Back in March I posted about a Customized USB Drive that I thought was pretty cool. Someone took an el-cheapo USB drive and stuck it inside a Lego brick. In the same post I talked about a quick-and-dirty USB drive mod of my own, the Electrical Tape USB Drive. Basically, it was a clunker I picked up at CES that fell apart, so I removed what was left of the casing and wrapped it all up in electrical tape. Funny thing is, it's so fugly that when I recently forgot it in a school lab it was still there a few days later. Things might have been different had it been a SanDisk Cruzer or Corsair Voyager... or if it didn't have "62.4MB" written on it.
As simple as my electrical tape USB drive mod was, I had a good time making it and decided to come up with another, different USB drive mod. Luckily, I had another USB drive, which I'd also received from CES, but this one was a whopping 512MB - yeah, they make 'em that big these days... Unfortunately, as it were, this one wasn't quite so fragile, and I actually had to punish it thoroughly before I could get the casing off. But I'm getting ahead of myself...
In this article I will walk you through Project: Enter the USB from conception to finished product. Step by embarrassing step. No detail spared. So in-depth you'll need a snorkel... Let's get on with it...
Step 1: Getting Started
Once I had successfully freed the USB drive from its lame shell, it was time to think. Whatever am I going to put this little thing inside? And so the search began. I thought about doing a better Lego mod - unoriginal; ChapStick - too thin (I've been informed that somebody else has made a ChapStick USB drive); film canister - too fat; USB cable shell - too short; gutted iPod - too spendy. Hmm... nothing on my desk was really striking me as a great idea. So the search continued. To the closet! As I rummaged through piles of miscellaneous electronics, cables, and computer accessories, I paused as I held an old keyboard in my hand.
What to do with a keyboard, though? The PS/2 connection isn't large enough to accommodate the USB drive, and the keyboard is a bit bulky to be useful as a USB drive. Think, Kurtis... Think.
As I stared at the keyboard, I noticed some tasty treats (well, they used to be tasty) peeking at me from between the keys. Gross. Ah, wait a second, the keys! Oh sweet, blessed keys.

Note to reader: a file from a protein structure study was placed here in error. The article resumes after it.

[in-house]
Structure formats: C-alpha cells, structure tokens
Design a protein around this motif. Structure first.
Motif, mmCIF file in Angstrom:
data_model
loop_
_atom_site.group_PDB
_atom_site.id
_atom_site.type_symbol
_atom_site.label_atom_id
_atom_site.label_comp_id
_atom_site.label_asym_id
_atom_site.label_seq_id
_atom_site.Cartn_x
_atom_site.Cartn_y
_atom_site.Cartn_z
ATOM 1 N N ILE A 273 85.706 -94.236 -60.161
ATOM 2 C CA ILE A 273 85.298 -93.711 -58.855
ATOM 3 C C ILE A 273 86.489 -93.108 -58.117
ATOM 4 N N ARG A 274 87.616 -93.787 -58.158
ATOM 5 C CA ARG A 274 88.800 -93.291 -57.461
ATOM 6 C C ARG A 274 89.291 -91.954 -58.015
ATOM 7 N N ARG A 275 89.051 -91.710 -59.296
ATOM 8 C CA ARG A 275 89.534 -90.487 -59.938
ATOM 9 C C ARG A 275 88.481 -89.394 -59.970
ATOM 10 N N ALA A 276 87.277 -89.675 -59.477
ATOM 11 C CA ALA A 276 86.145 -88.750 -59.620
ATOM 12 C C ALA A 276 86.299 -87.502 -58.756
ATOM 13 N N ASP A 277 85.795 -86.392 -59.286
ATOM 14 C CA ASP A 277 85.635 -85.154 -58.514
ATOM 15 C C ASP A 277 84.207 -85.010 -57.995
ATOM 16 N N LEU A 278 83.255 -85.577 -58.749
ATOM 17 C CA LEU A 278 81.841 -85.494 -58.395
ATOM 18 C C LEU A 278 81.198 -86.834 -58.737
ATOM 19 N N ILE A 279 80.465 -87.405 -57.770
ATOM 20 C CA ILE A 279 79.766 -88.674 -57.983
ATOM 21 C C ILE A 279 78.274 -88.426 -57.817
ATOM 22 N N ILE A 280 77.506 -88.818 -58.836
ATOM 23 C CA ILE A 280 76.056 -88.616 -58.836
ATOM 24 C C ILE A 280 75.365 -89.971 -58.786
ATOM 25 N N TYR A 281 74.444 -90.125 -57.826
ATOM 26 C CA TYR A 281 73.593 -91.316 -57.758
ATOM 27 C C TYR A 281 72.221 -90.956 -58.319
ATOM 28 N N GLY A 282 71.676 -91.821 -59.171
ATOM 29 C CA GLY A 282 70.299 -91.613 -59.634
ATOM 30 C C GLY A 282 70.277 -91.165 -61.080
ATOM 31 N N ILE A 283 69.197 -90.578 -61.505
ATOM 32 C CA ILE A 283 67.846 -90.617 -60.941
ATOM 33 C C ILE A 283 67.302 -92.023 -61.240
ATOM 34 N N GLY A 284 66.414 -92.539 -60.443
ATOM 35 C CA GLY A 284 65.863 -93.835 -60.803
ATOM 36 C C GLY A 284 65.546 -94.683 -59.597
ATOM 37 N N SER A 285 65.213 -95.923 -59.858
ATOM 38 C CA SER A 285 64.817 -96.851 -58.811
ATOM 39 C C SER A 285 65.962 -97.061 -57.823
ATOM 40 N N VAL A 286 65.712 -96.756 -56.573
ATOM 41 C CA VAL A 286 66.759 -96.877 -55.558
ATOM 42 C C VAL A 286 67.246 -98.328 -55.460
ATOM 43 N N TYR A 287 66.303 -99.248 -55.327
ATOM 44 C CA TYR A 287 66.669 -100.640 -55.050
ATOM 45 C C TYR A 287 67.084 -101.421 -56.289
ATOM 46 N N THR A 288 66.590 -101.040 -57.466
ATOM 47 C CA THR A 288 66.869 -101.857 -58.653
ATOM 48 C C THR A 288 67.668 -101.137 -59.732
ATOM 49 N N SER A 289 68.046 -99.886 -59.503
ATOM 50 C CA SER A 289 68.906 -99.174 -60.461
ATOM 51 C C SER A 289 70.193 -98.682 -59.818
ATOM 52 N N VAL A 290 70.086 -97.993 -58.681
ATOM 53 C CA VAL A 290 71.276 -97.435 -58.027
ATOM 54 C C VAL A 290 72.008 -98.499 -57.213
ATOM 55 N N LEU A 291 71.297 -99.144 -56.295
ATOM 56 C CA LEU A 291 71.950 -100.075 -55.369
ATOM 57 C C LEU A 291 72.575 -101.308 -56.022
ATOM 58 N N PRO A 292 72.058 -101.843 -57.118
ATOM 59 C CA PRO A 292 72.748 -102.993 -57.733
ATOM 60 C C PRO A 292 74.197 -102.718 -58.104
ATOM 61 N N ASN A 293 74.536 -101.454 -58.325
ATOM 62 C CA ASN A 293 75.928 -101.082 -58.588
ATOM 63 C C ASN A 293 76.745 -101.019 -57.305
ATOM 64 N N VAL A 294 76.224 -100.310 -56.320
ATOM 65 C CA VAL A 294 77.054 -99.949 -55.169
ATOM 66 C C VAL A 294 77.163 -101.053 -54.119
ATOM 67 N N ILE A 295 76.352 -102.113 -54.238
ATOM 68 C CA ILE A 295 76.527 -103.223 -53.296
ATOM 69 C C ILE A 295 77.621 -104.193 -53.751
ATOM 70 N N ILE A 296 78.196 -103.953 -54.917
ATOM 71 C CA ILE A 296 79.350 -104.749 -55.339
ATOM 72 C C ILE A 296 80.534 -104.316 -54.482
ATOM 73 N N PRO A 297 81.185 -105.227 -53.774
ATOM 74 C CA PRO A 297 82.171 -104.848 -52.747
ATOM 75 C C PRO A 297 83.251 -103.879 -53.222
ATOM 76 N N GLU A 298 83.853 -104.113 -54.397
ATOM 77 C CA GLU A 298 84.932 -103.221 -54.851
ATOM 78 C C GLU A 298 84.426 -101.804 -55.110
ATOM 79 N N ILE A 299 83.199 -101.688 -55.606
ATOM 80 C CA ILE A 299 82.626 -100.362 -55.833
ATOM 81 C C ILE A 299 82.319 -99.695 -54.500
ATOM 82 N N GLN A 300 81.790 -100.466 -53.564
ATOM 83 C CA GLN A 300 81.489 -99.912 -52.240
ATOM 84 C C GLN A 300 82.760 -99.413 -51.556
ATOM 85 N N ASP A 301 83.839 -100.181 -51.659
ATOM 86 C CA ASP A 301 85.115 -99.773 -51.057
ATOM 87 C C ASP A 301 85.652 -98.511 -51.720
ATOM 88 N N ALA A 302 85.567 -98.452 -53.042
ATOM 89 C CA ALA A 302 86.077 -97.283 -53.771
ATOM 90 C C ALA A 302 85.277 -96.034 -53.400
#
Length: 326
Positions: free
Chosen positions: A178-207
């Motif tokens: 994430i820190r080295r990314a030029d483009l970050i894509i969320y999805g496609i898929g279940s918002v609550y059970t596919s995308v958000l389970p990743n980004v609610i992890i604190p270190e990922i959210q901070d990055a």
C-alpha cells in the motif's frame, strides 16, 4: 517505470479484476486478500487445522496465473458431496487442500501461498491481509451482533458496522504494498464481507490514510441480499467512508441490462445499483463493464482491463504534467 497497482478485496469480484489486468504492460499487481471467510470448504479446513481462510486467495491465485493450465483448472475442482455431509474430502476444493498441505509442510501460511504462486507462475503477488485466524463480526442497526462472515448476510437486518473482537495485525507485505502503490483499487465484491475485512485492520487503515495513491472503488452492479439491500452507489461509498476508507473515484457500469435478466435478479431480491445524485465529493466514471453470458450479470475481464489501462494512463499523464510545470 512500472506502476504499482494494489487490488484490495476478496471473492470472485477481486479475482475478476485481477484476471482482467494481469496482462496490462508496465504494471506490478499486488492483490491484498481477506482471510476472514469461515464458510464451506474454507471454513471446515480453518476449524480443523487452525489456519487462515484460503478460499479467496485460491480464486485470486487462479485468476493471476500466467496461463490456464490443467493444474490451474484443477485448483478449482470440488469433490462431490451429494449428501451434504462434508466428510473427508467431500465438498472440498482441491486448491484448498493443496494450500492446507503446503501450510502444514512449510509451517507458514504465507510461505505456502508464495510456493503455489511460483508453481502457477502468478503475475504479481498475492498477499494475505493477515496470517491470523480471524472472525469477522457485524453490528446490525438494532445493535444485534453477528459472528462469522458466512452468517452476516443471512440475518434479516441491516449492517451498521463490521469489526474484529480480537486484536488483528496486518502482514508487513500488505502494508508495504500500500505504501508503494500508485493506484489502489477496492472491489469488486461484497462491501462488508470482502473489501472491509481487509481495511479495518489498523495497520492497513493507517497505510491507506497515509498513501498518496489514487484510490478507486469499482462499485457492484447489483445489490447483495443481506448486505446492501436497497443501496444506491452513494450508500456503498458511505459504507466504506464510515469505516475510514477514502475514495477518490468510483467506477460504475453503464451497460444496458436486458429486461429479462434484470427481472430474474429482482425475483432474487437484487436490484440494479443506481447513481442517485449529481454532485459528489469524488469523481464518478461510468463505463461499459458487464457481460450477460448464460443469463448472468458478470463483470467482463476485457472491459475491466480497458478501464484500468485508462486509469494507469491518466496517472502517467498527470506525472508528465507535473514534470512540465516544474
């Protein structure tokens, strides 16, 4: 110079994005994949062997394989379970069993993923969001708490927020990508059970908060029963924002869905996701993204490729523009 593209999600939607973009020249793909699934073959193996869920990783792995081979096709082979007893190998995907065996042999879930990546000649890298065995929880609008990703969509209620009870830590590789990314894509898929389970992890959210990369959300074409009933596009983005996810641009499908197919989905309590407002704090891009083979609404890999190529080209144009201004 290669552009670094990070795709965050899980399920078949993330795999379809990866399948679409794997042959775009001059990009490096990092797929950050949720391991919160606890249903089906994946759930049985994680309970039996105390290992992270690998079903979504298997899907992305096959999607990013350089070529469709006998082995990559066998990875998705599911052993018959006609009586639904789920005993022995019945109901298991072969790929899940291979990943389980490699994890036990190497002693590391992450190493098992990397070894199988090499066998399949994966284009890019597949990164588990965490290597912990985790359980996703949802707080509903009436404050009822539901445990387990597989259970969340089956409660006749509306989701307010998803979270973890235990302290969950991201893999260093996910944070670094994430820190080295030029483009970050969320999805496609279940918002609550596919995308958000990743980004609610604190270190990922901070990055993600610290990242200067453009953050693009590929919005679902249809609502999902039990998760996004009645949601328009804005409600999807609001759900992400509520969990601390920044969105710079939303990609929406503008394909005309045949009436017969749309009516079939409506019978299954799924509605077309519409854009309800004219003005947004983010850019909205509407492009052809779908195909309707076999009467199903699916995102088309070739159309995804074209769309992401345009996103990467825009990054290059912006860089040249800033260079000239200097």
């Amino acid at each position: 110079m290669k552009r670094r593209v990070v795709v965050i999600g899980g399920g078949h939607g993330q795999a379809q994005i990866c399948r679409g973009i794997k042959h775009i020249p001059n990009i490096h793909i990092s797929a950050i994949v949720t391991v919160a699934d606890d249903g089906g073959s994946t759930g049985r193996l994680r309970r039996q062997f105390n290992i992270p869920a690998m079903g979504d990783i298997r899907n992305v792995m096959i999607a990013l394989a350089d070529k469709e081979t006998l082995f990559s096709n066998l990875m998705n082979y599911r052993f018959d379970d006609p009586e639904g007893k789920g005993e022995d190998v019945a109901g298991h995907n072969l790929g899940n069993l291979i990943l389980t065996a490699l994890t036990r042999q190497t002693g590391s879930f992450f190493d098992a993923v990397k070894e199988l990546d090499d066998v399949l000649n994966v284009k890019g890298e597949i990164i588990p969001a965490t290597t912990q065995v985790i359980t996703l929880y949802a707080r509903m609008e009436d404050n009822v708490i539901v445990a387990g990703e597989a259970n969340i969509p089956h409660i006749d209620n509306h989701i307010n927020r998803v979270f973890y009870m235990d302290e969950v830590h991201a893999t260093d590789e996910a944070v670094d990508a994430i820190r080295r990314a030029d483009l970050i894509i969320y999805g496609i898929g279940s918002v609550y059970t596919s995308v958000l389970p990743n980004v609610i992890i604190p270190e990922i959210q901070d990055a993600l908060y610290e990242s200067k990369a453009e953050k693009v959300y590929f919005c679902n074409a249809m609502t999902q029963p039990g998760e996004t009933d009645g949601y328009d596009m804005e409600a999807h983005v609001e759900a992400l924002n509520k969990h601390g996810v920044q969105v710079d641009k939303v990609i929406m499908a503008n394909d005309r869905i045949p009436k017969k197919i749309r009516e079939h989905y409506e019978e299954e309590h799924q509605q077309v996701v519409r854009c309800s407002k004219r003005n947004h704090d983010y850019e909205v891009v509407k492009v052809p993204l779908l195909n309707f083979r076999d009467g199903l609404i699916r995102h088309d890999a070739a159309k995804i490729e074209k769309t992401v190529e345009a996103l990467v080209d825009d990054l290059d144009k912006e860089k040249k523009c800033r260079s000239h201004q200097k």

There are a decent number of keys on the keyboard which look like they could be just big enough to squeeze a USB drive inside: Tab, Shift, Backspace, Enter, Delete, and +. After careful consideration and a quick coin toss, I decided the Enter key would make the best case for my custom USB drive. It sort of makes sense, after all; "Enter" your USB drive into the USB port, with an arrow to help the less technically inclined. Tab is just plain confusing, with the two arrows pointing in either direction, Backspace and Shift don't sound cool, and +... well, + isn't even a word. Stupid +.
Removing keys from the keyboard is easy enough. Using a small screwdriver you can gently pry them off. In my case, the Enter key had a bar stretched across its width to ensure uniform key presses - I just ripped it off. Enter key removed, I check to see if the USB drive fit... and it did - with a little room to spare.
Before hacking away at the Enter key, I decided to perform a practice run on the Backspace key (I only had one old keyboard to work with and didn't want to ruin it, after all). And I'm glad I did.
Step 2: The Practice Run
As I mentioned, I started with the Backspace key for a test-run. My plan of attack was as follows:
1. Dremel a notch into the side of the key.
2. Sand edges smooth.
3. Place the USB drive into the key.
4. Pour clear silicone into the key to secure USB drive into place and to allow the back side to be see-thru. However, for the practice run, I actually skipped steps 1 thru 3 because I was mainly concerned with how well the silicone would work as a filler material.